Throughout the years of training seminarians participate in human, spiritual, intellectual and pastoral formation. Human formation is the basis of all Priestly formation, as it shapes the seminarian’s personality in such a way that it becomes a bridge to lead others to Jesus Christ through the integration of his social, affective and physical needs. Spiritual formation, essential for spiritual growth and discernment, forms the seminarian in a closer relationship with Christ with the guidance of a spiritual director.
Intellectual formation focuses on the various branches of theology that leads the seminarian to a greater appreciation of the Word of God and the teaching of the Church. Pastoral activities are organized, throughout the training period, to help the seminarian learn to minister to God’s people in the model of Christ the Good Shepherd.
Training as a seminarian is enjoyable and challenging, living alongside other people with similar goals and values. As a community the seminary has various social and sporting activities throughout the year.
The First Year programme has been part of the seminary since the early 1980s and has been found to be invaluable to the overall growth of the candidates for priesthood as they begin their full-time study. The year is predominantly concerned with the human and spiritual areas of formation, while also addressing introductory courses in academic formation, and an initial exposure to pastoral formation.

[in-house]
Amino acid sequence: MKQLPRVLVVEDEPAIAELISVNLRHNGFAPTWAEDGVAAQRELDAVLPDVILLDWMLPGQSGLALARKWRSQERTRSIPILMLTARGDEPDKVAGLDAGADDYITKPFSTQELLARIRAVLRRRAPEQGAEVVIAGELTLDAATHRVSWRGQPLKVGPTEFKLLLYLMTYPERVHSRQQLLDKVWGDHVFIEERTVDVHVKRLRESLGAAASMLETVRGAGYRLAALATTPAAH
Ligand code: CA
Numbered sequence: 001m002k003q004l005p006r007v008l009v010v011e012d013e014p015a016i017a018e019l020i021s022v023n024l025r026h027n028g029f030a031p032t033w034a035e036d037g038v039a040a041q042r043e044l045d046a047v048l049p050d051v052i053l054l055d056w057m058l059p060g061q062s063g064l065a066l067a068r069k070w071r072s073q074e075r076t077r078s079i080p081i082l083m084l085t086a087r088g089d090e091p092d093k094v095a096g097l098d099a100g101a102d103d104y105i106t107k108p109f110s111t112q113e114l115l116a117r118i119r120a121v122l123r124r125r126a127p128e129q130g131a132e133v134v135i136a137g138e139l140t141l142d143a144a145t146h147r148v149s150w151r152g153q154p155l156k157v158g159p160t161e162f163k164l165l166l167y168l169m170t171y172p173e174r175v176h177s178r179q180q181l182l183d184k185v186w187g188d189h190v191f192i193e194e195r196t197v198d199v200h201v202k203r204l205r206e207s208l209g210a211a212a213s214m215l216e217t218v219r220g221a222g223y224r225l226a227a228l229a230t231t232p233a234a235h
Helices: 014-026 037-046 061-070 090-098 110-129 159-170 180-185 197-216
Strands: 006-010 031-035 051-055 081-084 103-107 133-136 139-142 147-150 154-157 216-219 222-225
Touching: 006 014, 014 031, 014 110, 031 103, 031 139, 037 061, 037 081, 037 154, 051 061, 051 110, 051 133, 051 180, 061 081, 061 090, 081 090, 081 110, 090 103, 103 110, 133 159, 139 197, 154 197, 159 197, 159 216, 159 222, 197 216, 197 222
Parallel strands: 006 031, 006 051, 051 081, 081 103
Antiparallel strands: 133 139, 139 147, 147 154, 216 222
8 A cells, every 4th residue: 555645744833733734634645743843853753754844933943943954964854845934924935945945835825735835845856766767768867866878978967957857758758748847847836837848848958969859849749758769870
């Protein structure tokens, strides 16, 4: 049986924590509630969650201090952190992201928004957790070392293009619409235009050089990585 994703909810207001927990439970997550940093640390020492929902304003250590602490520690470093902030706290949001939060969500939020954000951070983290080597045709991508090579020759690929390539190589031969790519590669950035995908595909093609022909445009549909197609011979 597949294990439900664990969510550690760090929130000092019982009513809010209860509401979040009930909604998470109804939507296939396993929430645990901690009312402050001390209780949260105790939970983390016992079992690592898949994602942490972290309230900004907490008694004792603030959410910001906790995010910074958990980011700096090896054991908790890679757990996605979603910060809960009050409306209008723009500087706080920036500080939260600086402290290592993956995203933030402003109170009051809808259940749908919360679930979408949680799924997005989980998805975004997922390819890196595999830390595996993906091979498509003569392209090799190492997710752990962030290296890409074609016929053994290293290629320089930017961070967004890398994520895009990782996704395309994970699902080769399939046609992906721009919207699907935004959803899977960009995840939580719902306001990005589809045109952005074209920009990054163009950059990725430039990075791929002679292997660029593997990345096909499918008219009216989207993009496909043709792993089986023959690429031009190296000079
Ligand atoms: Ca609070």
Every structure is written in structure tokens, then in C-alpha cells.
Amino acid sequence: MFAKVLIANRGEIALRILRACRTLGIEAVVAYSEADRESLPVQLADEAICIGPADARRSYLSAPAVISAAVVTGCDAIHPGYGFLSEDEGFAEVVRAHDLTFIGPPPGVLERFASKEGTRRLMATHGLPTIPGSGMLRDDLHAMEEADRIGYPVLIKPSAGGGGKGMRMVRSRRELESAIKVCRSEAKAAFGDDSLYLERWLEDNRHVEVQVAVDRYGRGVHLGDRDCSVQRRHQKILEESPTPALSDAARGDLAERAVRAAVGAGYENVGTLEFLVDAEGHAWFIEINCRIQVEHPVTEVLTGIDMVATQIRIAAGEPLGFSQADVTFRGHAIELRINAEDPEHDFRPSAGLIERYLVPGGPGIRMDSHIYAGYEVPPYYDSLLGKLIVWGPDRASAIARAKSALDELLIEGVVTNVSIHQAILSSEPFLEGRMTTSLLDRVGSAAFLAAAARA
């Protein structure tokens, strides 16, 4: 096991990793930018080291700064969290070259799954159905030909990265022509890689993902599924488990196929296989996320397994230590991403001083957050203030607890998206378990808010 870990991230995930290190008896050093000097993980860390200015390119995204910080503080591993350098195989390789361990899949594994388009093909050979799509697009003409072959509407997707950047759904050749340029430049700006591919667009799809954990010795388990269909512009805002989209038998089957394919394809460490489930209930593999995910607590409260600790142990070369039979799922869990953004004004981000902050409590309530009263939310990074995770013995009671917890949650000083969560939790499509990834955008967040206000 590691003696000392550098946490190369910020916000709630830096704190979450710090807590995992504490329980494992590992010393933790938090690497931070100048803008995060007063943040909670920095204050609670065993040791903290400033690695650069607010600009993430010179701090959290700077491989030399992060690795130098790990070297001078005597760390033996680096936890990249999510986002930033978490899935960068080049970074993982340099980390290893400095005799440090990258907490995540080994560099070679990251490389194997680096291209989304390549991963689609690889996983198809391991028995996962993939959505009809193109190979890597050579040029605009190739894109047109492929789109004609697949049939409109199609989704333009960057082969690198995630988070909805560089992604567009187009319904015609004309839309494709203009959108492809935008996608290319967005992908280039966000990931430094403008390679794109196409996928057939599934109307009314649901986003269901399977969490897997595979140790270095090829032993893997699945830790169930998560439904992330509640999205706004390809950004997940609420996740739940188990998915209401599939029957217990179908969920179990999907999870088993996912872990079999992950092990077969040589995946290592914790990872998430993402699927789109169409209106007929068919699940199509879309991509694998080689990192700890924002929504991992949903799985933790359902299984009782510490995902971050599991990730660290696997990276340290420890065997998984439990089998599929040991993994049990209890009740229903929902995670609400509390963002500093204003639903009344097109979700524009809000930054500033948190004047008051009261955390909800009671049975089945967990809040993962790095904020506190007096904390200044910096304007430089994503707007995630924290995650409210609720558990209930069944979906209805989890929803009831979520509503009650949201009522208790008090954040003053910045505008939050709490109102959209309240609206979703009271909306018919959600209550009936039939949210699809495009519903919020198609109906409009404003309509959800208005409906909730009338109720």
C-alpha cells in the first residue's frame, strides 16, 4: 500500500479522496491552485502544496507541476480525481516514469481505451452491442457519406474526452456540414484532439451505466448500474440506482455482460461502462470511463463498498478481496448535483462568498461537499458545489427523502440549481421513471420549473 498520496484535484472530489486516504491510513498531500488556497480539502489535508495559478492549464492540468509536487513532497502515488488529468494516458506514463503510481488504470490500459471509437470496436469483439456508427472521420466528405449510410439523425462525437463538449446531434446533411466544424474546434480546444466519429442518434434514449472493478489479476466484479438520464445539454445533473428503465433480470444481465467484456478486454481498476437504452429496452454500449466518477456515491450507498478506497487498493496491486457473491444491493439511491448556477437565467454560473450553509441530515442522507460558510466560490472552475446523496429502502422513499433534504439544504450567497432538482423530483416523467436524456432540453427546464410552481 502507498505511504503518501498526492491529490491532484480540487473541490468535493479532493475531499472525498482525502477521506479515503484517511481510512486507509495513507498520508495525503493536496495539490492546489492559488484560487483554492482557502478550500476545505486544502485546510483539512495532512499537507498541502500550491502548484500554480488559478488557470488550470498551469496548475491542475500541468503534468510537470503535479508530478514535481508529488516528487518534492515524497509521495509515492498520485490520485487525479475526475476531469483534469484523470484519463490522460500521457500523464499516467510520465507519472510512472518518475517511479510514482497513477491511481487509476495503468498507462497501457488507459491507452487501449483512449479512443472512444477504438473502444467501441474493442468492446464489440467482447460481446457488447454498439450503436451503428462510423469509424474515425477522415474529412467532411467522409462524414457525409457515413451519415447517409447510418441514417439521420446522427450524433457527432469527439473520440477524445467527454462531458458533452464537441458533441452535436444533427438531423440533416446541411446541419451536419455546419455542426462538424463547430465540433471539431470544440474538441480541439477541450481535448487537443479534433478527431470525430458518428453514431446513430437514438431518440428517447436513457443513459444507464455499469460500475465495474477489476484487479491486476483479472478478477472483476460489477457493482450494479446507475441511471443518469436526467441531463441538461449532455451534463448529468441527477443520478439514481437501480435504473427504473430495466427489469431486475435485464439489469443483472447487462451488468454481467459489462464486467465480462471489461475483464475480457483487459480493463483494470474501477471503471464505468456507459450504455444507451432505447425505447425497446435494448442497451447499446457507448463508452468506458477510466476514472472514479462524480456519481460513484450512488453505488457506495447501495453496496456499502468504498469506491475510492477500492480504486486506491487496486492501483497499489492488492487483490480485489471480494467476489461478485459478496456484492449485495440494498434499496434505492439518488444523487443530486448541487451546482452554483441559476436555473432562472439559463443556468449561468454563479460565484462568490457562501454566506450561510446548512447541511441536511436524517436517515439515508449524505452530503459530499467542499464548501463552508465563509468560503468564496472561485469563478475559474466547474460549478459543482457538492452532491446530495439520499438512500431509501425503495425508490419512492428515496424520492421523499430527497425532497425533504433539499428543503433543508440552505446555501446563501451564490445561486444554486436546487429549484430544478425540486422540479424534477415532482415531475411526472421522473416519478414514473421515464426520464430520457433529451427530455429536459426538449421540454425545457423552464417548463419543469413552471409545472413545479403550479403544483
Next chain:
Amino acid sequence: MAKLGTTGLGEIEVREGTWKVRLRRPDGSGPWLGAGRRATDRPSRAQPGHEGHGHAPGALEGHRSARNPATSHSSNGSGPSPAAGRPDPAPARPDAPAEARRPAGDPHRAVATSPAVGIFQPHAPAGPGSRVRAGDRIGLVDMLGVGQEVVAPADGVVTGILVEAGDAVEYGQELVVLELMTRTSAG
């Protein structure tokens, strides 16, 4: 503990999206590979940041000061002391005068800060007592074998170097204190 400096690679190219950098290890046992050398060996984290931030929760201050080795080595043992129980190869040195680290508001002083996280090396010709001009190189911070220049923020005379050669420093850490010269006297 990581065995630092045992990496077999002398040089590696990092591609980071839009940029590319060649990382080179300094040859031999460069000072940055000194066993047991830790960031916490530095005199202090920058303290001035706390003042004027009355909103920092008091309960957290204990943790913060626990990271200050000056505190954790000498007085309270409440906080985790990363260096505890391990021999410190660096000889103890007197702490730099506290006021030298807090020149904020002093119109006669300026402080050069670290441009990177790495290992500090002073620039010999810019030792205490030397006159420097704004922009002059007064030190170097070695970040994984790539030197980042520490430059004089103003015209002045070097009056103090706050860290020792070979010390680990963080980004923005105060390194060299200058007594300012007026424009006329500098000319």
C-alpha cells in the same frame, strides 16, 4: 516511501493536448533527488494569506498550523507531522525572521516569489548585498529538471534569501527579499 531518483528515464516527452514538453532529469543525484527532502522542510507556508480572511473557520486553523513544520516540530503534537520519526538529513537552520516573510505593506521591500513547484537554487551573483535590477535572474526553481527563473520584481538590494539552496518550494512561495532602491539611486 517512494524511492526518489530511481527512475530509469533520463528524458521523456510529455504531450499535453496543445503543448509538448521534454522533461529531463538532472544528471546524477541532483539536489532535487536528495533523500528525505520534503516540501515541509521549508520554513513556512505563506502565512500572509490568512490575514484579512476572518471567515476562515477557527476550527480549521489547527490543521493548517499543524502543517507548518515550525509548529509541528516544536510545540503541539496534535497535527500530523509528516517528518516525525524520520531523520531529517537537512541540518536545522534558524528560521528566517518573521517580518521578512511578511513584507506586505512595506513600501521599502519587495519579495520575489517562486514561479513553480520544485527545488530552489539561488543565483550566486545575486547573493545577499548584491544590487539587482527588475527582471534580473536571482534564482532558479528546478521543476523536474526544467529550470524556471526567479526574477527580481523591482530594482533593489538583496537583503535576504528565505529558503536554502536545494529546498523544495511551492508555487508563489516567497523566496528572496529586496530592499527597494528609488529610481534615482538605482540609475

Years 2 – 4
It is in these years that the seminarian works towards Bachelor of Theology at Good Shepherd College. This degree is made up of courses in theology, scripture. Ethics, church history, liturgy, philosophy, spirituality, canon law as well as pastoral care. The seminary year follows the university year with a break over the summer months. During this break students are encouraged to assist in a parish or find summer employment.
Year 5 (Pastoral Year)
This year is spent in the seminarian’s home diocese. Their bishop appoints him to work in a parish. During this time the seminarian has a more practical experience of pastoral activities. He is involved in all aspects of parish life such as: Communion to the sick, preaching, helping parents to prepare children for baptism, first Holy Communion and Confirmation, involvement in the Rite of Christian Initiation of Adults (RCIA). Seminarians find that parishioners are genuinely delighted to have a seminarian in the parish and in turn the seminarian receives much encouragement from the parishioners.
Years 6 – 7
These years take place at the seminary. They comprise of those papers that help prepare the seminarian more directly for his new priestly life. At the end of the sixth year, ordination to the Diaconate take place. Approximately six months later he is ordained a priest. The bishop will then appoint him to a parish in the Diocese where he will be an assistant priest, ministering to the People of God with guidance from the parish priest.